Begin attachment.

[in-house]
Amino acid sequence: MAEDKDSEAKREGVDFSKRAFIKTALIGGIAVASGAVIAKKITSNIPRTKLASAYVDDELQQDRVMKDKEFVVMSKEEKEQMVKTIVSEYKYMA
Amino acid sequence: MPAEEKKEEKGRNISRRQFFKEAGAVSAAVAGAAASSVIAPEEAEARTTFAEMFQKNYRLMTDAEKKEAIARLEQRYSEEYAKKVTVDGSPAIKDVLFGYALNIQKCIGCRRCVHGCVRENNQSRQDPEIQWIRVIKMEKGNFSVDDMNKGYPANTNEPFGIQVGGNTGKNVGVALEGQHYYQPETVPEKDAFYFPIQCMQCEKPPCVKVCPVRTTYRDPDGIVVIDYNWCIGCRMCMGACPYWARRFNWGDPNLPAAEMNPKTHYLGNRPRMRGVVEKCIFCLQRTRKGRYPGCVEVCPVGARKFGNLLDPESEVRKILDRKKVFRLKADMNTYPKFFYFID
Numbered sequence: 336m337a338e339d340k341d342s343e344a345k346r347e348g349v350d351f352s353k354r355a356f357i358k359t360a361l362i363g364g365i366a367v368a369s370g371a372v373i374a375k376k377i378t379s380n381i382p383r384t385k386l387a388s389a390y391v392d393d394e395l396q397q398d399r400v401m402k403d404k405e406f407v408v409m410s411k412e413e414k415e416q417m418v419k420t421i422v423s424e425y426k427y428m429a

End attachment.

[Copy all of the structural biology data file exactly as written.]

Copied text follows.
[in-house]
Amino acid sequence: MAEDKDSEAKREGVDFSKRAFIKTALIGGIAVASGAVIAKKITSNIPRTKLASAYVDDELQQDRVMKDKEFVVMSKEEKEQMVKTIVSEYKYMA
Amino acid sequence: MPAEEKKEEKGRNISRRQFFKEAGAVSAAVAGAAASSVIAPEEAEARTTFAEMFQKNYRLMTDAEKKEAIARLEQRYSEEYAKKVTVDGSPAIKDVLFGYALNIQKCIGCRRCVHGCVRENNQSRQDPEIQWIRVIKMEKGNFSVDDMNKGYPANTNEPFGIQVGGNTGKNVGVALEGQHYYQPETVPEKDAFYFPIQCMQCEKPPCVKVCPVRTTYRDPDGIVVIDYNWCIGCRMCMGACPYWARRFNWGDPNLPAAEMNPKTHYLGNRPRMRGVVEKCIFCLQRTRKGRYPGCVEVCPVGARKFGNLLDPESEVRKILDRKKVFRLKADMNTYPKFFYFID
Numbered sequence: 336m337a338e339d340k341d342s343e344a345k346r347e348g349v350d351f352s353k354r355a356f357i358k359t360a361l362i363g364g365i366a367v368a369s370g371a372v373i374a375k376k377i378t379s380n381i382p383r384t385k386l387a388s389a390y391v392d393d394e395l396q397q398d399r400v401m402k403d404k405e406f407v408v409m410s411k412e413e414k415e416q417m418v419k420t421i422v423s424e425y426k427y428m429a